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Following the IRS Security Summit last August, all new requirements for written information security plans were released. The checklist of items that firms must address as part of their security plans is lengthy.
Before viewing these compliance requirements as yet another time-consuming task, consider the risks to your firm and why it’s so critical to avoid them. Below are three of the most prevalent and concerning security risks facing CPAs.
1. Natural disasters
Think Florida filing extension. Imagine your office or home office is underwater one day. Natural disasters happen all the time and are completely outside of our control. But your firm needs to be prepared for how you will deal with them, not only to get your office back up and running should something happen, but also how to protect your client information in the process.
Unfortunately, even if your computer floats away in a flood, you’re still responsible for protecting any client information that might be able to be recovered from it. A written plan that tells you and your team the steps for protecting information and rebooting an office or hot spot in the event of a natural disaster is critical to have before you need it.
2. Technology failures
Another one that happens all the time, yet we don’t think it will happen to us. Computers crash, power outages occur, and servers fail. Just like with natural disasters you have a two-fold problem when technology fails. The first is you have a business run and you need the fastest most efficient path to getting back to work. The second problem is making sure information is secure.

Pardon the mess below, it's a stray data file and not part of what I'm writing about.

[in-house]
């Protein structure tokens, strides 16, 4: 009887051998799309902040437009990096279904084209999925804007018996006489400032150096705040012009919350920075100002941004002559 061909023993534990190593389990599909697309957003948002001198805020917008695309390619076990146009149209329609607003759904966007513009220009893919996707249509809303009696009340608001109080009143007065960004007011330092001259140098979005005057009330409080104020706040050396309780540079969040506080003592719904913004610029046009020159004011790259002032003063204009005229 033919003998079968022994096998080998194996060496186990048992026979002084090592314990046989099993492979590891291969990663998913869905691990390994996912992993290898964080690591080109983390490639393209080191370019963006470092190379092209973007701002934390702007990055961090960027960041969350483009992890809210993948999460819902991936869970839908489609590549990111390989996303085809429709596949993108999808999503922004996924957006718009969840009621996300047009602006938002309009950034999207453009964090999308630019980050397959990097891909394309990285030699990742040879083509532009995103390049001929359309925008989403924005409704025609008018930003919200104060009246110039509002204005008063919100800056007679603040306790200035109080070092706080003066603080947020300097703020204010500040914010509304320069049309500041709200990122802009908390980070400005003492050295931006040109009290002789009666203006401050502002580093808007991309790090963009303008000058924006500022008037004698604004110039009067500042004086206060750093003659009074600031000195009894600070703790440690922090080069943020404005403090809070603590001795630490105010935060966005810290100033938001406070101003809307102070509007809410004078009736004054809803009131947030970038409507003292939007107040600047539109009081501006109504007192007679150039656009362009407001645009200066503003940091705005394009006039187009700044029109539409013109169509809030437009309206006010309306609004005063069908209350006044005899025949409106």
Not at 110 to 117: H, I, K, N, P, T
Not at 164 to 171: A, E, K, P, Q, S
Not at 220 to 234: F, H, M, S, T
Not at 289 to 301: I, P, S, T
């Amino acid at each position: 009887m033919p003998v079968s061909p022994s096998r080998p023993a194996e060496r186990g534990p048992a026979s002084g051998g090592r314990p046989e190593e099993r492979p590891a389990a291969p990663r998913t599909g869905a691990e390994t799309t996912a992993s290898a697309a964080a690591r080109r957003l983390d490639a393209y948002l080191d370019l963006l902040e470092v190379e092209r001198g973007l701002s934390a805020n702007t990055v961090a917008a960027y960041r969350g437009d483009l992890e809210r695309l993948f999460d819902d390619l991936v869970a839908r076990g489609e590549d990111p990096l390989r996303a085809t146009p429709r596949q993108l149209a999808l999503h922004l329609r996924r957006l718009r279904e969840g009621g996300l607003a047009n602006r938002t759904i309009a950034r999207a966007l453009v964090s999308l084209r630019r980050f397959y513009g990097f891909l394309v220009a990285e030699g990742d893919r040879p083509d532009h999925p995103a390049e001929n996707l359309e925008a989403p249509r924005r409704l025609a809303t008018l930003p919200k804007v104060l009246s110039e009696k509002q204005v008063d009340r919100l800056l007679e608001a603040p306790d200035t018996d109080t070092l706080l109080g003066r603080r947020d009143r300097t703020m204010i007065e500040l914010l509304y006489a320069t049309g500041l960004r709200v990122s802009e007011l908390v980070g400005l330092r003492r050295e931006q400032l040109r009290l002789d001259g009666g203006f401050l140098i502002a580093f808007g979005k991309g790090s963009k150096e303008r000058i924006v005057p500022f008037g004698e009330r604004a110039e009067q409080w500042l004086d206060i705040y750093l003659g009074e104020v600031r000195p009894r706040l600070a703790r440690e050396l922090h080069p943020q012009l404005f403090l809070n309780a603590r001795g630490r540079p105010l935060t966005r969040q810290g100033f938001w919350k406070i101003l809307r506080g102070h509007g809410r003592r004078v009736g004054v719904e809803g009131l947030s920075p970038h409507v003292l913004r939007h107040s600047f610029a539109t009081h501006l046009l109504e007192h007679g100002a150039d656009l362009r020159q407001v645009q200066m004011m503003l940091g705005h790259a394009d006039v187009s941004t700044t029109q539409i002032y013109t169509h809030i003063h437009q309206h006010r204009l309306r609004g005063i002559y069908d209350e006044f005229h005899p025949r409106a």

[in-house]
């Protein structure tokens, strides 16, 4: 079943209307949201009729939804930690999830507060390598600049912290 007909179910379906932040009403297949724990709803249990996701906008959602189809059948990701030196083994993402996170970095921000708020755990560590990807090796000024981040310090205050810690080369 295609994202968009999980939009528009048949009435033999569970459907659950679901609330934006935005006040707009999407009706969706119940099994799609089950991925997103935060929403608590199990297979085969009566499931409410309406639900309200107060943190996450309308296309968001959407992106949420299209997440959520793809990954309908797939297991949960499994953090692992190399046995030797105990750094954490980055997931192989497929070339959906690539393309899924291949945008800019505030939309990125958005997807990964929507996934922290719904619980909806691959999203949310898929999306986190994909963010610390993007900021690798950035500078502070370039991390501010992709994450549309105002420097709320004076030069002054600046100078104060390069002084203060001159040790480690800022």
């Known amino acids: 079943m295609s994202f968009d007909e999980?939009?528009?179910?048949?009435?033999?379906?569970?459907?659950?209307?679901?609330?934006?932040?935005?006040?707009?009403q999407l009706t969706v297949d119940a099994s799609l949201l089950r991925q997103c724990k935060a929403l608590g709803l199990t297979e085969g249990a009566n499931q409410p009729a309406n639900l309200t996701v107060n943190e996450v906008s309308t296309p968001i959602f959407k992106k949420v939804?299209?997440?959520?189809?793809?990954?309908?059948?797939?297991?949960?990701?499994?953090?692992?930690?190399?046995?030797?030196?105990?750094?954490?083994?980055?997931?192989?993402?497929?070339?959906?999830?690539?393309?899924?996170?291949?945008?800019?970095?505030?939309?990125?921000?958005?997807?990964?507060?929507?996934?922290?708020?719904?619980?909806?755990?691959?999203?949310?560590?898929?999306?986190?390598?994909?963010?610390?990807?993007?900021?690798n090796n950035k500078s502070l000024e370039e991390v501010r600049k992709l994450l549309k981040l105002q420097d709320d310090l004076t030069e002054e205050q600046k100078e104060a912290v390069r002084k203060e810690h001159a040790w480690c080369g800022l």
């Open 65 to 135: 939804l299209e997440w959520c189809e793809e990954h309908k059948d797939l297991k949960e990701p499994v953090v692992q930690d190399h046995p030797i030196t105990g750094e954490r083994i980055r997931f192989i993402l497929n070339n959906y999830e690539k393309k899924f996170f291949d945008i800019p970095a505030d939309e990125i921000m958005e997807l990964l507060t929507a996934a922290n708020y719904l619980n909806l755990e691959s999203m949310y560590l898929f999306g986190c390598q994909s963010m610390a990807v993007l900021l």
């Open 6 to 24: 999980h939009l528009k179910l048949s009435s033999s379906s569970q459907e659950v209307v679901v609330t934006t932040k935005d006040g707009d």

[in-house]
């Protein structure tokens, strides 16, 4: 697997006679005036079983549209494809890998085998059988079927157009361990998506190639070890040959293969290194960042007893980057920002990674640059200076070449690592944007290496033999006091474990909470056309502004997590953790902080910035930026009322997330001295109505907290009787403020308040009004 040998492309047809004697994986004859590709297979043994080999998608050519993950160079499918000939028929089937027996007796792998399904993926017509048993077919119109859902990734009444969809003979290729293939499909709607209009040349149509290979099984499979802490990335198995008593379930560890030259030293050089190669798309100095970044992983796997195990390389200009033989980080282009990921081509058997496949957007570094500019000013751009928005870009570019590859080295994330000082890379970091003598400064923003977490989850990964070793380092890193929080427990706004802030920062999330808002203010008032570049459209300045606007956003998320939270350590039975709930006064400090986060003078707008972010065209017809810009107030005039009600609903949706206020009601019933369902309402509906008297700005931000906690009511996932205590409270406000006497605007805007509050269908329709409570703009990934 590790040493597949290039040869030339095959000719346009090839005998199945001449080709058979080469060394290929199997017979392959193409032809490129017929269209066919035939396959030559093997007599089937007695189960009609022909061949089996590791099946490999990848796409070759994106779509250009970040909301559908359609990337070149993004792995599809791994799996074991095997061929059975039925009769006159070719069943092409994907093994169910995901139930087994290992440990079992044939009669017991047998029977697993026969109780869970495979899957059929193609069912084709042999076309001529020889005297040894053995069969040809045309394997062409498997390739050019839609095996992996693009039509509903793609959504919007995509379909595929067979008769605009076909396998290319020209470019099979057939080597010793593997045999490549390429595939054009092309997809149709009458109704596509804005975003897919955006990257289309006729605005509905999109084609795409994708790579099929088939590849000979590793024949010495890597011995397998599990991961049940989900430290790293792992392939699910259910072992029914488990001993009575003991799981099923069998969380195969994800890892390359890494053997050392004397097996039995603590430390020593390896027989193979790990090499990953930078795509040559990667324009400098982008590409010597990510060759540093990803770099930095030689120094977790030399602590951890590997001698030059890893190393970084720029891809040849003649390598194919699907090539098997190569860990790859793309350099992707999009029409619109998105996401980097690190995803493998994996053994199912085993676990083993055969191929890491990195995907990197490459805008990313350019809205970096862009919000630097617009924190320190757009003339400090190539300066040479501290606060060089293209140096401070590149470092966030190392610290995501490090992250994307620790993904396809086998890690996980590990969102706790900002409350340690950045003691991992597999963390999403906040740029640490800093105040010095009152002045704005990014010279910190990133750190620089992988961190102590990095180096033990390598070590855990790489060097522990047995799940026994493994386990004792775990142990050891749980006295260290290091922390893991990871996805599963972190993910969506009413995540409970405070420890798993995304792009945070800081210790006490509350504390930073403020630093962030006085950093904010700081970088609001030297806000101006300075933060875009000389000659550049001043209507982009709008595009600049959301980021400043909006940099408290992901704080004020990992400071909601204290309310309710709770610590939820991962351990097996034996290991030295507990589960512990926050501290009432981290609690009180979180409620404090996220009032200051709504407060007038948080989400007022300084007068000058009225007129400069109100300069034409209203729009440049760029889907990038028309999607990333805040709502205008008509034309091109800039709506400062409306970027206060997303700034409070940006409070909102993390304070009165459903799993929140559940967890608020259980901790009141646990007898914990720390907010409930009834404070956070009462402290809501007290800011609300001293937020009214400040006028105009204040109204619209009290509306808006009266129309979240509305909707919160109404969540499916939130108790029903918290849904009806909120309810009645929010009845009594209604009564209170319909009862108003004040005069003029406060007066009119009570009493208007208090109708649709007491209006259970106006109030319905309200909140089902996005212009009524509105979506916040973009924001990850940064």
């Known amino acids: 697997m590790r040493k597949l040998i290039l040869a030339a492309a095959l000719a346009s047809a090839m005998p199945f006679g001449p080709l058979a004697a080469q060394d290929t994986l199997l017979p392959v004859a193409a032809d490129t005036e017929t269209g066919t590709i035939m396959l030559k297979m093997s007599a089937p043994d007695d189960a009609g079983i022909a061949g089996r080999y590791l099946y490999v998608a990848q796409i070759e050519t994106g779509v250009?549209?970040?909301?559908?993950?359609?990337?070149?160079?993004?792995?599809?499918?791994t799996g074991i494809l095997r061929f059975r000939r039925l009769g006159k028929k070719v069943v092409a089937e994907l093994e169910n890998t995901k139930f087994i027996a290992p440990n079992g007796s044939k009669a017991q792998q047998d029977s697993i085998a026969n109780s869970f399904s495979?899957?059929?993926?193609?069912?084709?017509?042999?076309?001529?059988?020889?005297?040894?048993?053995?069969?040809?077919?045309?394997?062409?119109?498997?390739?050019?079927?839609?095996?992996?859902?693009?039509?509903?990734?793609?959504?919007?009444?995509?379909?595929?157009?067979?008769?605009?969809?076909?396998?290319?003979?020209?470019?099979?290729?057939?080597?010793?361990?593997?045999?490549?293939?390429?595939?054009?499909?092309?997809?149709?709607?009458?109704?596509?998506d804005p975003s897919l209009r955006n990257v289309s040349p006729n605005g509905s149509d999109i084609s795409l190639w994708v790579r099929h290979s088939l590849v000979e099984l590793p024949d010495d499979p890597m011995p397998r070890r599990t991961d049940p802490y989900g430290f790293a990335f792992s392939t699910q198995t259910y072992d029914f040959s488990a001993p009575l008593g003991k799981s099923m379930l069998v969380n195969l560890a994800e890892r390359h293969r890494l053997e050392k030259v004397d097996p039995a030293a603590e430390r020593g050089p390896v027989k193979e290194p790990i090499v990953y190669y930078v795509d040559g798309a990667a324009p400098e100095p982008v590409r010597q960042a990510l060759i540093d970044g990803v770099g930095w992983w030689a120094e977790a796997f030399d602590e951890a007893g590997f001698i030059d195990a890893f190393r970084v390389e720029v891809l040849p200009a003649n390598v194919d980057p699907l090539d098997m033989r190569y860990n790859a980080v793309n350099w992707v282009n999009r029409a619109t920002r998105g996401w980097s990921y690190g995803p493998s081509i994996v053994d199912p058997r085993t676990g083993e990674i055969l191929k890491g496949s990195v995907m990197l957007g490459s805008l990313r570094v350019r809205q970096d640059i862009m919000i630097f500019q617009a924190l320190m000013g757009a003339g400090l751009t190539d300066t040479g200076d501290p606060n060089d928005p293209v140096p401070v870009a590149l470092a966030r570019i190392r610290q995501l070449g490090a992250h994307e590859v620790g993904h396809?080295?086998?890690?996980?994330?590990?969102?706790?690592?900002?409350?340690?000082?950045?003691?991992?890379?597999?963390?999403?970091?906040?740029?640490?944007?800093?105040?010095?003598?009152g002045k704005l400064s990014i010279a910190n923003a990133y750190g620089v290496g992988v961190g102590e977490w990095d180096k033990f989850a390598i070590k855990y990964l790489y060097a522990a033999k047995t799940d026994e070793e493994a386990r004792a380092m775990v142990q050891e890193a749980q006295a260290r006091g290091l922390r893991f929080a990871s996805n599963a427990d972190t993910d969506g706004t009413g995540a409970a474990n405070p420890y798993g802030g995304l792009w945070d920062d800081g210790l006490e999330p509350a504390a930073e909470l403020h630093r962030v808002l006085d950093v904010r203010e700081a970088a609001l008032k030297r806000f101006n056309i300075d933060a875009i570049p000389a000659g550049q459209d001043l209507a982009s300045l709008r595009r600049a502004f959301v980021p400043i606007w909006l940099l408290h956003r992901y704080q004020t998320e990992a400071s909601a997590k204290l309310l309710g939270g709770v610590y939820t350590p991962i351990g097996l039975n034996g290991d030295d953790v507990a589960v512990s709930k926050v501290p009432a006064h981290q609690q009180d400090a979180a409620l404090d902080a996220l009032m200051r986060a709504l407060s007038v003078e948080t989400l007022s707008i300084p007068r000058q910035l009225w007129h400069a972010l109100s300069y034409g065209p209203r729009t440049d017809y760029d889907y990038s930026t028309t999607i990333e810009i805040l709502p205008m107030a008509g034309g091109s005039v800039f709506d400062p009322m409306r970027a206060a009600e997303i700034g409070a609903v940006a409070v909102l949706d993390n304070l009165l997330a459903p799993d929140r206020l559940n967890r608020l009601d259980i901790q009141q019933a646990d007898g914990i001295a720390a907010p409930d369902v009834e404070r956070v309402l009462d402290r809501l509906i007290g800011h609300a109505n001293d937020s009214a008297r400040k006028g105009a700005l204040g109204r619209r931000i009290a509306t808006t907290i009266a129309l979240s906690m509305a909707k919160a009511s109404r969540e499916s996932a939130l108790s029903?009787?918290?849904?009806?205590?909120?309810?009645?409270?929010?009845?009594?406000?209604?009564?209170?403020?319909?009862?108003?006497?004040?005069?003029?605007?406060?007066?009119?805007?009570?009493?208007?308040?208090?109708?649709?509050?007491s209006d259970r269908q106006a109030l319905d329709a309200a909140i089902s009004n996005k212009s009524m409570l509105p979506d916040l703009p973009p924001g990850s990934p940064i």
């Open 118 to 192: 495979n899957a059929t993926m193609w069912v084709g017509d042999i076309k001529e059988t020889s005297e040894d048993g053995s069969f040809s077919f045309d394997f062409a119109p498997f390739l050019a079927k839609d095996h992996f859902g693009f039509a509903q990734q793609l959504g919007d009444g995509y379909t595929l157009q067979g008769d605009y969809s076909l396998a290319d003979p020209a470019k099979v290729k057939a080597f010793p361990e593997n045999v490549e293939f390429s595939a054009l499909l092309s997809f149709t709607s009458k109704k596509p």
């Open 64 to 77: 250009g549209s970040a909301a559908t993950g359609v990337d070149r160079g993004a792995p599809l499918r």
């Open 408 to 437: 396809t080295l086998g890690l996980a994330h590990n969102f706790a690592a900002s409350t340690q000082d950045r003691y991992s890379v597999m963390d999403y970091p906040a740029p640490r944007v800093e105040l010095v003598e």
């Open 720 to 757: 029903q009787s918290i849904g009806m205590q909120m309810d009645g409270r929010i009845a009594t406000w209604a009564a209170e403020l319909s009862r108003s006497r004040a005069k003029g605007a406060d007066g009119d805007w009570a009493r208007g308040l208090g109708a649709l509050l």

The simplest example of this is when one of your remote employees takes their laptop to the nearest coffee shop to work while their home is out of power. Seemingly harmless and you appreciate the dedication, until your client protects information from a laptop connected to an unsecure coffee shop network. You need a detailed written list of all the ways you and your team can appropriately deal with these circumstances and also a written list of inappropriate fixes.
This is probably the one we worry about the most although all of these examples are important to think about. CPAs are traditionally targets for cyberattack simply because of the information we house. Skimping on cost when it comes to information security and monitoring is never a good idea, and yet many firms don’t have a beefy budget for this line item.
In addition to having systems on your computers to protect from attack, employing an IT team that offers 24/7 monitoring is highly recommended. Our firewalls and such are not foolproof and don’t always indicate a problem right away, but a professional monitoring your system would help with this.
WISPs are part of required compliance now as practitioners, but beyond just compliance, part of protecting our business is continuity if there ever were to be an issue. Taking the time to carefully consider areas of weakness for data loss, or inability to continue workflow will help to minimize issues should an event occur.